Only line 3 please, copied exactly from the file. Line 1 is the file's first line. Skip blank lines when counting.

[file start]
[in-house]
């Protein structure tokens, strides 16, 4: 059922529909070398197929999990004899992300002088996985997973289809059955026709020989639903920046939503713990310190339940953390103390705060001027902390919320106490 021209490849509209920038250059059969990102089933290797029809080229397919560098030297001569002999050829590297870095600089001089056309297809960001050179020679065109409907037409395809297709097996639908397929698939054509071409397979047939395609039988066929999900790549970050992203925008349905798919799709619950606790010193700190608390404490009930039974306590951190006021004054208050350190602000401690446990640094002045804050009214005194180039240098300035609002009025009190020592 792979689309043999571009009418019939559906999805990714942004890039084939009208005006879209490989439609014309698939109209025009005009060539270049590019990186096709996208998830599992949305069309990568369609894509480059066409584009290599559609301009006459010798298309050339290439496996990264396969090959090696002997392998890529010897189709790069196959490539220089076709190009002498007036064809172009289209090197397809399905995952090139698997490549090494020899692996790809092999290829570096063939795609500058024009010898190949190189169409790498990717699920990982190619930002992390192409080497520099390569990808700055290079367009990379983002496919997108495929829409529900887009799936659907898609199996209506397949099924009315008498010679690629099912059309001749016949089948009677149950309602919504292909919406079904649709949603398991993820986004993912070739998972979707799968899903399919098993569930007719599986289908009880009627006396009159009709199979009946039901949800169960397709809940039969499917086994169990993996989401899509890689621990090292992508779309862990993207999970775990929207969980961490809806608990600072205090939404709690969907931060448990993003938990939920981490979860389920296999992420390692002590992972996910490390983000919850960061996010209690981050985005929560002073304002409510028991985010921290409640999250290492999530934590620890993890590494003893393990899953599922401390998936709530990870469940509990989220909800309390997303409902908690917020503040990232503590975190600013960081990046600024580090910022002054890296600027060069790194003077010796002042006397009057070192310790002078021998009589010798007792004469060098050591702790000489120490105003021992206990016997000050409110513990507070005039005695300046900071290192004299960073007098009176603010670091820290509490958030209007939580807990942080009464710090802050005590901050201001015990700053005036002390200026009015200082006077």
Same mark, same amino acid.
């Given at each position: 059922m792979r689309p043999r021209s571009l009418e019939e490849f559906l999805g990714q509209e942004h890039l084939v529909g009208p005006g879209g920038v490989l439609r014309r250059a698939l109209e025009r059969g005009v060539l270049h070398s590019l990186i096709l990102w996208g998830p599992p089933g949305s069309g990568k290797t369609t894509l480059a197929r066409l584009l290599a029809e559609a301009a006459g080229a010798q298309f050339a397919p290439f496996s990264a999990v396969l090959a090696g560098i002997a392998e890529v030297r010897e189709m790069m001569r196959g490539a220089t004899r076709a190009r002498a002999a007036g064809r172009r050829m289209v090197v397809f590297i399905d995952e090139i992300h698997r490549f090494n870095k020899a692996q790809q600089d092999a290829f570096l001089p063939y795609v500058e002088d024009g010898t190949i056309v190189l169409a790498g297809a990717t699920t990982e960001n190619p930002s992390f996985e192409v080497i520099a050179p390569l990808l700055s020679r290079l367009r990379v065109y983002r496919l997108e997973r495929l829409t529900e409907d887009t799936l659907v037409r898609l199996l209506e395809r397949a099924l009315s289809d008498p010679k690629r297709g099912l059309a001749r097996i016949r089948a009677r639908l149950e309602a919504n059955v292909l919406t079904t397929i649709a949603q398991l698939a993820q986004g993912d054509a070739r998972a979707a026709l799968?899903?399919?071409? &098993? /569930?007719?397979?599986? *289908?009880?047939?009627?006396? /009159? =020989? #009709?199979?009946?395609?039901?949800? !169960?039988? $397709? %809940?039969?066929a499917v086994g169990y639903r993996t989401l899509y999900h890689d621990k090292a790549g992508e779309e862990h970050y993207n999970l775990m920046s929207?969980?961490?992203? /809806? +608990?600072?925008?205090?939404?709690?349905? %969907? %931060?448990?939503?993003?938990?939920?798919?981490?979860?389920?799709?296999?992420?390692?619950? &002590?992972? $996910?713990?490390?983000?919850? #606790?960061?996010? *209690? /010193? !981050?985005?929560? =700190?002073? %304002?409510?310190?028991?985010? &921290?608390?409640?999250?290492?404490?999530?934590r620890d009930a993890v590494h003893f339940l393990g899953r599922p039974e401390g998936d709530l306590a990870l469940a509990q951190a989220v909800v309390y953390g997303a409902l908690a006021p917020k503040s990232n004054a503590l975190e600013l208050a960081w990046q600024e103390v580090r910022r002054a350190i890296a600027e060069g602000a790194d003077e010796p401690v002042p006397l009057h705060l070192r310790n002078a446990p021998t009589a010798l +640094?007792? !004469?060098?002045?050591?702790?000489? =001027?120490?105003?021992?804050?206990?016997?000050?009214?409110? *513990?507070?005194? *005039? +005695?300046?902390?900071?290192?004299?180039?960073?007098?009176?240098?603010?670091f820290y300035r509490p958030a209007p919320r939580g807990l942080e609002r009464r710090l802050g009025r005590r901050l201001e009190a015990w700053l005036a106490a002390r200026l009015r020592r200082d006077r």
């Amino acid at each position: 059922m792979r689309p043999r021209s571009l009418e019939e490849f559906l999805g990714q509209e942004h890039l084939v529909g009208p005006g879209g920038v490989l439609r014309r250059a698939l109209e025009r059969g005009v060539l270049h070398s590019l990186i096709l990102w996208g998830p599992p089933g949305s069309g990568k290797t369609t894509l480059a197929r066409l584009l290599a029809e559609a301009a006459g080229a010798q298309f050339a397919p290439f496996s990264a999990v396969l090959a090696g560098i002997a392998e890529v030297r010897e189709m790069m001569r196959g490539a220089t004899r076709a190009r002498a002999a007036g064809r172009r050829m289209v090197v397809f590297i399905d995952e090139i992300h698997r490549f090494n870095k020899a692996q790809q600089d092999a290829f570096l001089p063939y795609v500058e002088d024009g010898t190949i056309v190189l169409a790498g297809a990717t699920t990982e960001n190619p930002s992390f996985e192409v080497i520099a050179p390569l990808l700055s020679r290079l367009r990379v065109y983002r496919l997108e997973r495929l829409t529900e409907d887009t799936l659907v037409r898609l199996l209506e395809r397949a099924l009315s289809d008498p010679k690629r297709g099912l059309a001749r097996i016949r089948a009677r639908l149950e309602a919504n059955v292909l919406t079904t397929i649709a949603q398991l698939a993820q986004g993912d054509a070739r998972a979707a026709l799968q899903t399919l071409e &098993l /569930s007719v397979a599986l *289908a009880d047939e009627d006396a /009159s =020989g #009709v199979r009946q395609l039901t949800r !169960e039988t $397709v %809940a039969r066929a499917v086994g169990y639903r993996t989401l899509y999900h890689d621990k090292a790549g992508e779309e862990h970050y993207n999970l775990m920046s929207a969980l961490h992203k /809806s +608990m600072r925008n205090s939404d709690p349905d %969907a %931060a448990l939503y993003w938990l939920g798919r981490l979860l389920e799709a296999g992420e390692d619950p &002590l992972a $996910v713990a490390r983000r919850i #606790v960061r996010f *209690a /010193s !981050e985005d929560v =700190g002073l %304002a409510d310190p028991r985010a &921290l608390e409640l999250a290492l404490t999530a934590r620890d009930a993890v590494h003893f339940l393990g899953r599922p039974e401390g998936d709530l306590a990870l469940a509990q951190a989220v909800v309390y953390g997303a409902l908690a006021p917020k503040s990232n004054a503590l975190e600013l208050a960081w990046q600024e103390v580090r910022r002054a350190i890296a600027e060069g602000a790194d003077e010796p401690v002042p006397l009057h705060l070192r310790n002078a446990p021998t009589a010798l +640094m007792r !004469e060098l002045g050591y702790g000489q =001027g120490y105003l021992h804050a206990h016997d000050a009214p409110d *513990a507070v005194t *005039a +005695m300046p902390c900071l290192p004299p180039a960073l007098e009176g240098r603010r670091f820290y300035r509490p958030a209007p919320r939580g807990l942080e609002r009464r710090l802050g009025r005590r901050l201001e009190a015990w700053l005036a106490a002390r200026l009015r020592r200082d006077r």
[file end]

Same mark, same amino acid.